On site field trips for school classes and other groups, school garden visits where PFP educators teach kids in their own gardens, cooking in the classroom workshops, family cooking workshops, and educational sessions at after school programs.

We also provide professional development for teachers and community educators at our three-day Summer Institute Using Gardens to Teach training for educators. We’ve expanded our offerings and now provide several other trainings throughout the year on-site and at regional conferences. In addition, we offer workshops on gardening, herbs, cooking, seed saving, and self-sufficiency for community members at the farm and at other sites in the community.

What's your background?
I grew up in Central Islip, Long Island. We had a garden in our back yard, with a nice strawberry patch, tomatoes, lettuce, peppers, and green beans and we had 16 chickens. We also had ducks and rabbits, which were more like pets, and a Mulberry tree that we would climb to harvest big colanders full of bright purple berries that my mom would make into Italian ices. I guess I fell in love with fresh hyper-local food as a child because it was so tasty.

What brought you to PFP?
My background is as a teacher. I went to SUNY New Paltz and got an MS in Literacy Education. While in college, I started gardening at the Gardens for Nutrition and fell in love w/ community gardening because of the interaction and sharing with my garden neighbors. Right after college, I worked for the Mid-Hudson Migrant Education Program working with children of migrant farm workers. Then I started working for Poughkeepsie City School District as a home-bound instructor teaching kids who were suspended or on medical leave. Those positons connected me to the Poughkeepsie community. When I saw a position that connected my educational background and my interests, I was thrilled at the possibility of teaching children through gardening and cooking.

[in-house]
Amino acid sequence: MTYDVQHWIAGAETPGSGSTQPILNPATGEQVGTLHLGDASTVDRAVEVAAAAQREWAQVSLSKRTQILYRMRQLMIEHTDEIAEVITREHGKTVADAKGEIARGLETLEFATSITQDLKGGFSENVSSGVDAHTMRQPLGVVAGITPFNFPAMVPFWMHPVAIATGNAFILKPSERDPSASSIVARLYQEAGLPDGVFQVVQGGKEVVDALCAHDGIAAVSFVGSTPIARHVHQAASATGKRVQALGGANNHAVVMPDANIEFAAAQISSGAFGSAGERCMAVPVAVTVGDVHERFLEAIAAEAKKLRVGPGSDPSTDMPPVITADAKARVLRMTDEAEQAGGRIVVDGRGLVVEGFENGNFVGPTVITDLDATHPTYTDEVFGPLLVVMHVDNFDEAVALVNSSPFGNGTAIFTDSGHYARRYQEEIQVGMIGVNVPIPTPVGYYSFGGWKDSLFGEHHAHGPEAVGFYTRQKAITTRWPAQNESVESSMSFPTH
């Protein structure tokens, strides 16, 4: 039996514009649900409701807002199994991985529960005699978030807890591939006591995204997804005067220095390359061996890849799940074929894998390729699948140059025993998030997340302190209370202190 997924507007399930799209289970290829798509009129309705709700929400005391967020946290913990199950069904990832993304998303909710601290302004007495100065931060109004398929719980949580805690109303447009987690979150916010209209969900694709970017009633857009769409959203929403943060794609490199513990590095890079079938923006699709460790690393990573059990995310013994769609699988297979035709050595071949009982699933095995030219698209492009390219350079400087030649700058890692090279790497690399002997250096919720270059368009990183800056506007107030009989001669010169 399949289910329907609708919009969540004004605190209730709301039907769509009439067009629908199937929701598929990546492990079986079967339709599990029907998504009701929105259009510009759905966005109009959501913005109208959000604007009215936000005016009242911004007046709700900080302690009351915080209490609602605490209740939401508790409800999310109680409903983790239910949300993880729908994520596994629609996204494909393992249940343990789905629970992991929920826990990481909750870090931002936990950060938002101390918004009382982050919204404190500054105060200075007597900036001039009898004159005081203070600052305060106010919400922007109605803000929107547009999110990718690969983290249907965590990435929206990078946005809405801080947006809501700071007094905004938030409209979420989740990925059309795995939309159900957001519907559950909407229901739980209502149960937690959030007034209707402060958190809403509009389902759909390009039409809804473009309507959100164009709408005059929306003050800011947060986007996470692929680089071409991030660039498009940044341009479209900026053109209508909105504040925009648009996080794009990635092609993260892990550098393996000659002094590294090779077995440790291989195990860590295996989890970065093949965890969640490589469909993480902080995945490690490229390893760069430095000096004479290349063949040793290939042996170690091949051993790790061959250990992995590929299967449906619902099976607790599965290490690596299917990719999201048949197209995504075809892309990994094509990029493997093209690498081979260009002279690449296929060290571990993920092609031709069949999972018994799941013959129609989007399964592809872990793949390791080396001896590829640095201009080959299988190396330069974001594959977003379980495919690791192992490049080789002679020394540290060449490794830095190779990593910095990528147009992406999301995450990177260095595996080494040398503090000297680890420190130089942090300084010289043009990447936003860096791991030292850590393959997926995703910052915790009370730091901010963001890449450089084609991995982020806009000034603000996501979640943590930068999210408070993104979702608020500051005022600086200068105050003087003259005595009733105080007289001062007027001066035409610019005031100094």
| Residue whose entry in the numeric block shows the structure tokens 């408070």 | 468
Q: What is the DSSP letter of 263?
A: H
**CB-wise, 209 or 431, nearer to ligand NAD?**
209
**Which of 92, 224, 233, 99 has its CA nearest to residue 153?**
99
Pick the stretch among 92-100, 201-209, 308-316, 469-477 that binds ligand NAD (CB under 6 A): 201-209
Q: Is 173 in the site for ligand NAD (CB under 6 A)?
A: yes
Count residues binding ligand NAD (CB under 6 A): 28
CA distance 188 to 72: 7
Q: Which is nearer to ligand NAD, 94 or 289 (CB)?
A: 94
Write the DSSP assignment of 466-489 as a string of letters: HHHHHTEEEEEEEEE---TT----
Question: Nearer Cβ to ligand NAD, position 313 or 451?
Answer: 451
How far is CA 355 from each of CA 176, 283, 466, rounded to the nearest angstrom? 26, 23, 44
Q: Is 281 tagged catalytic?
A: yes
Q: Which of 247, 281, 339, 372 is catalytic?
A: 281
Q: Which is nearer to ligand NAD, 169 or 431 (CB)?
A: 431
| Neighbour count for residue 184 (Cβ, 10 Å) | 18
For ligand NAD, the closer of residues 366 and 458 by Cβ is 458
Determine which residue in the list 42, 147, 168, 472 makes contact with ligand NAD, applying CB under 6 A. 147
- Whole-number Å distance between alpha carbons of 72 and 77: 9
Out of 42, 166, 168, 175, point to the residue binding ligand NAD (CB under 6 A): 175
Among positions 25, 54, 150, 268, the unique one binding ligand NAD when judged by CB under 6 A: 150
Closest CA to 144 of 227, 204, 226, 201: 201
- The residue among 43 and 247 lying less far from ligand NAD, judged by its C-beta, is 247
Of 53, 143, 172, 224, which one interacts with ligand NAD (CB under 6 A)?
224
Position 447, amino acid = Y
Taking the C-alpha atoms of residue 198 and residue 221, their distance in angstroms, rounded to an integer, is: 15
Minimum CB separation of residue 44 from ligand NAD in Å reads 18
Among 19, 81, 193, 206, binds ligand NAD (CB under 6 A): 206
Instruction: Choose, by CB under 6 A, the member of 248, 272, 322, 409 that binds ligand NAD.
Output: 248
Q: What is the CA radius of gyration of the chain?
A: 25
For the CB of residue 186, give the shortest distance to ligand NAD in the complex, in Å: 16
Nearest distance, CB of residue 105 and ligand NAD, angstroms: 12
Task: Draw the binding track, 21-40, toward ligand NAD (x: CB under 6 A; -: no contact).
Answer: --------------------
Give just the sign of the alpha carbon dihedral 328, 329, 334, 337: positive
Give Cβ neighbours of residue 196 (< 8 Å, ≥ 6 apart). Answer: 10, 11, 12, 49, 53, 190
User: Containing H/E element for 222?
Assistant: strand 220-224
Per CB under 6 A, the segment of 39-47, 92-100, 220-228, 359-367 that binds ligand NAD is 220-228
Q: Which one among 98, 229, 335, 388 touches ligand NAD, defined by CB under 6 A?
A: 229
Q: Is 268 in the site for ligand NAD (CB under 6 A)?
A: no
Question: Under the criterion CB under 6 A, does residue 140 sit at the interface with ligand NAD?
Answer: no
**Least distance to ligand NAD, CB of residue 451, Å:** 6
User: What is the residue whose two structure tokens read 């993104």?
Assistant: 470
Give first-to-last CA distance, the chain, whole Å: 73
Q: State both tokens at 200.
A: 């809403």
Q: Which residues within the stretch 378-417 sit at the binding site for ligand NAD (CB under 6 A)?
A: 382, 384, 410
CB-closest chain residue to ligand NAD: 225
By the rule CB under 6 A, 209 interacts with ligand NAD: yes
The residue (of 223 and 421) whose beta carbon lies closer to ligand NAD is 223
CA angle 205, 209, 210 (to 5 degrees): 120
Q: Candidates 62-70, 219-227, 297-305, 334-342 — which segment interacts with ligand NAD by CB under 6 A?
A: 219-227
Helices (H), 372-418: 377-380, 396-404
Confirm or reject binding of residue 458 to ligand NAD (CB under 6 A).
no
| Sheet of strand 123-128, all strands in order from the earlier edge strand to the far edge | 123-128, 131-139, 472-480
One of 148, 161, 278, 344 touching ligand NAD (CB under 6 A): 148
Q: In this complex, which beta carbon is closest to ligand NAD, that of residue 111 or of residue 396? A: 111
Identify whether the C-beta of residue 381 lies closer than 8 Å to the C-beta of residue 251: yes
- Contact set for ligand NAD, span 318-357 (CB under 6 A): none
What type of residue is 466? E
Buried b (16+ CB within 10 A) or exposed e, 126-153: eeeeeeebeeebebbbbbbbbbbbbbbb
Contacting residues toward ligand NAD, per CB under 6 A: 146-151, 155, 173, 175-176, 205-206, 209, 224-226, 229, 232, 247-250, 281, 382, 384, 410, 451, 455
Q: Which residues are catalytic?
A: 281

What do you love most about your job?
I can’t choose one thing. I love the variety that I get to do, one day I’m teaching a group of kids, the next day I’m writing a grant, other days I’m training interns, leading a workshop for educators, developing curriculum. I really love the fact that we have a wide community impact because we’re working with youth, families, educators, and other community organizations. PFP’s community-based approach is exciting and powerful to me. Recently, I have been doing a lot of presentations around the region. I actually really enjoy speaking in front of groups. Many people fear public speaking more than death, but I fear death more than public speaking!

What do you love most about PFP?
I love our really strong team and the way we work in many different facets under the umbrella of food justice, providing nutritious local food to families through our CSA, and others with limited access.  I love working with our many community partners and other local and regional organizations to make food systems more equitable.

There are so many program and outreach activities that the Education Department presently offers, what has changed from when you started as a part-timer in 2010?
I was first hired as a part-time seasonal employee for 15 hours/week. Now, I work year-round and full time.  

When I started, we were primarily responding to requests – five field trips for the school year, and working with a few local summer camps, Green Teen, and Hudson River Housing’s River Haven youth shelter.

I was asked to build a partnership with Poughkeepsie schools, instead of just responding to requests, so that kids in Poughkeepsie could visit on a regular basis. That meant building relationships with principals, teachers, school secretaries, other staff, and administrators. We weren’t doing as much in the schools then, and there were very few school gardens. Now we’re in the schools beginning in February and continuing through December. When I started, we hosted two interns from Vassar during semester. In 2016, we hosted 24 interns from Vassar, the CIA, Russell Sage, SUNY New Paltz, Poughkeepsie Day School, and Poughkeepsie High School. We’ve also expanded the Seeds of Food System teen program, which used to just be a summer program, but now we’ve expanded it to a weekly six-month program. Visiting PFP is now part of growing up in Poughkeepsie!

I know you're very involved with social justice activism outside of PFP, what are some of those projects? 
Primarily, I’m working with several organizations on racial justice issues on the local and state level. What’s very exciting is that many of our local and regional farming organizations are committing to work towards racial justice in the food system.

Why do you consider racial justice so important?
Because we are all better off when there’s justice for everyone. Our entire society loses out on the human potential of our neighbors, when institutional racism limits opportunities for people of color. For many white people in our country, institutional racism can be virtually invisible, you can be oblivious if you don’t pay really close attention.

What do you do for leisure when you're not at PFP or saving the world?
I enjoy reading, baking, preserving food, gardening, hiking, going to movies, and traveling.